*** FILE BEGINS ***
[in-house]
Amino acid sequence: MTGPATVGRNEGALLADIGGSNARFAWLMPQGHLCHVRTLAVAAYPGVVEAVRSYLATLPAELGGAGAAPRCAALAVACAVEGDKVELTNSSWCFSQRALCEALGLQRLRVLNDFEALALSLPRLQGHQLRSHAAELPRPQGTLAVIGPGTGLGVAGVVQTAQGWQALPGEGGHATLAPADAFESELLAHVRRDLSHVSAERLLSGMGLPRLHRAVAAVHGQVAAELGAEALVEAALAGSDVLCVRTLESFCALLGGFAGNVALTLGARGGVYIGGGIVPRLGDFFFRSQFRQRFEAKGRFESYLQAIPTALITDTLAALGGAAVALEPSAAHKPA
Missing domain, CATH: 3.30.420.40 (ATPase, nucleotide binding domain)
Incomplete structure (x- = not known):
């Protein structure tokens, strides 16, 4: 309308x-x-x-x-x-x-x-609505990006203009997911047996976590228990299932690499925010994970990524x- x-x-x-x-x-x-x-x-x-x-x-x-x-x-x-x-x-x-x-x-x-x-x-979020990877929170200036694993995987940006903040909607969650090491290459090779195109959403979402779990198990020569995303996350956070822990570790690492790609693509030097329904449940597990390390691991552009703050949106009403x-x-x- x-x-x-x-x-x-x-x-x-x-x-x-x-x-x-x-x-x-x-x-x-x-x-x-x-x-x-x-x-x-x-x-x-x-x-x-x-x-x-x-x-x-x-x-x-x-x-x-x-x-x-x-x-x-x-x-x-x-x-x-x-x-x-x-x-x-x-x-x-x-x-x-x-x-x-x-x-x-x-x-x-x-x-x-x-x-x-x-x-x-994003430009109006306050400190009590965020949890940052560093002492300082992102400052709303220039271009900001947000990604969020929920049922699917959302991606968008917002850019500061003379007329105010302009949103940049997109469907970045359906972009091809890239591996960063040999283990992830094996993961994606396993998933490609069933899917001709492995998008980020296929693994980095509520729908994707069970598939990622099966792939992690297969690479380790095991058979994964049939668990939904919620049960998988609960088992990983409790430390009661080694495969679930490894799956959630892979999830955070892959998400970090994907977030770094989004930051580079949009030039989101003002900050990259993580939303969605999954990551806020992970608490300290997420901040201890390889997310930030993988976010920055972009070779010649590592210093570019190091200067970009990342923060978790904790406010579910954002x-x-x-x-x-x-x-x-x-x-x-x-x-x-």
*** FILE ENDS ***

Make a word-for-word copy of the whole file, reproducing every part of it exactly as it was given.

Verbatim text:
[in-house]
Amino acid sequence: MTGPATVGRNEGALLADIGGSNARFAWLMPQGHLCHVRTLAVAAYPGVVEAVRSYLATLPAELGGAGAAPRCAALAVACAVEGDKVELTNSSWCFSQRALCEALGLQRLRVLNDFEALALSLPRLQGHQLRSHAAELPRPQGTLAVIGPGTGLGVAGVVQTAQGWQALPGEGGHATLAPADAFESELLAHVRRDLSHVSAERLLSGMGLPRLHRAVAAVHGQVAAELGAEALVEAALAGSDVLCVRTLESFCALLGGFAGNVALTLGARGGVYIGGGIVPRLGDFFFRSQFRQRFEAKGRFESYLQAIPTALITDTLAALGGAAVALEPSAAHKPA
Missing domain, CATH: 3.30.420.40 (ATPase, nucleotide binding domain)
Incomplete structure (x- = not known):
């Protein structure tokens, strides 16, 4: 309308x-x-x-x-x-x-x-609505990006203009997911047996976590228990299932690499925010994970990524x- x-x-x-x-x-x-x-x-x-x-x-x-x-x-x-x-x-x-x-x-x-x-x-979020990877929170200036694993995987940006903040909607969650090491290459090779195109959403979402779990198990020569995303996350956070822990570790690492790609693509030097329904449940597990390390691991552009703050949106009403x-x-x- x-x-x-x-x-x-x-x-x-x-x-x-x-x-x-x-x-x-x-x-x-x-x-x-x-x-x-x-x-x-x-x-x-x-x-x-x-x-x-x-x-x-x-x-x-x-x-x-x-x-x-x-x-x-x-x-x-x-x-x-x-x-x-x-x-x-x-x-x-x-x-x-x-x-x-x-x-x-x-x-x-x-x-x-x-x-x-x-x-x-994003430009109006306050400190009590965020949890940052560093002492300082992102400052709303220039271009900001947000990604969020929920049922699917959302991606968008917002850019500061003379007329105010302009949103940049997109469907970045359906972009091809890239591996960063040999283990992830094996993961994606396993998933490609069933899917001709492995998008980020296929693994980095509520729908994707069970598939990622099966792939992690297969690479380790095991058979994964049939668990939904919620049960998988609960088992990983409790430390009661080694495969679930490894799956959630892979999830955070892959998400970090994907977030770094989004930051580079949009030039989101003002900050990259993580939303969605999954990551806020992970608490300290997420901040201890390889997310930030993988976010920055972009070779010649590592210093570019190091200067970009990342923060978790904790406010579910954002x-x-x-x-x-x-x-x-x-x-x-x-x-x-």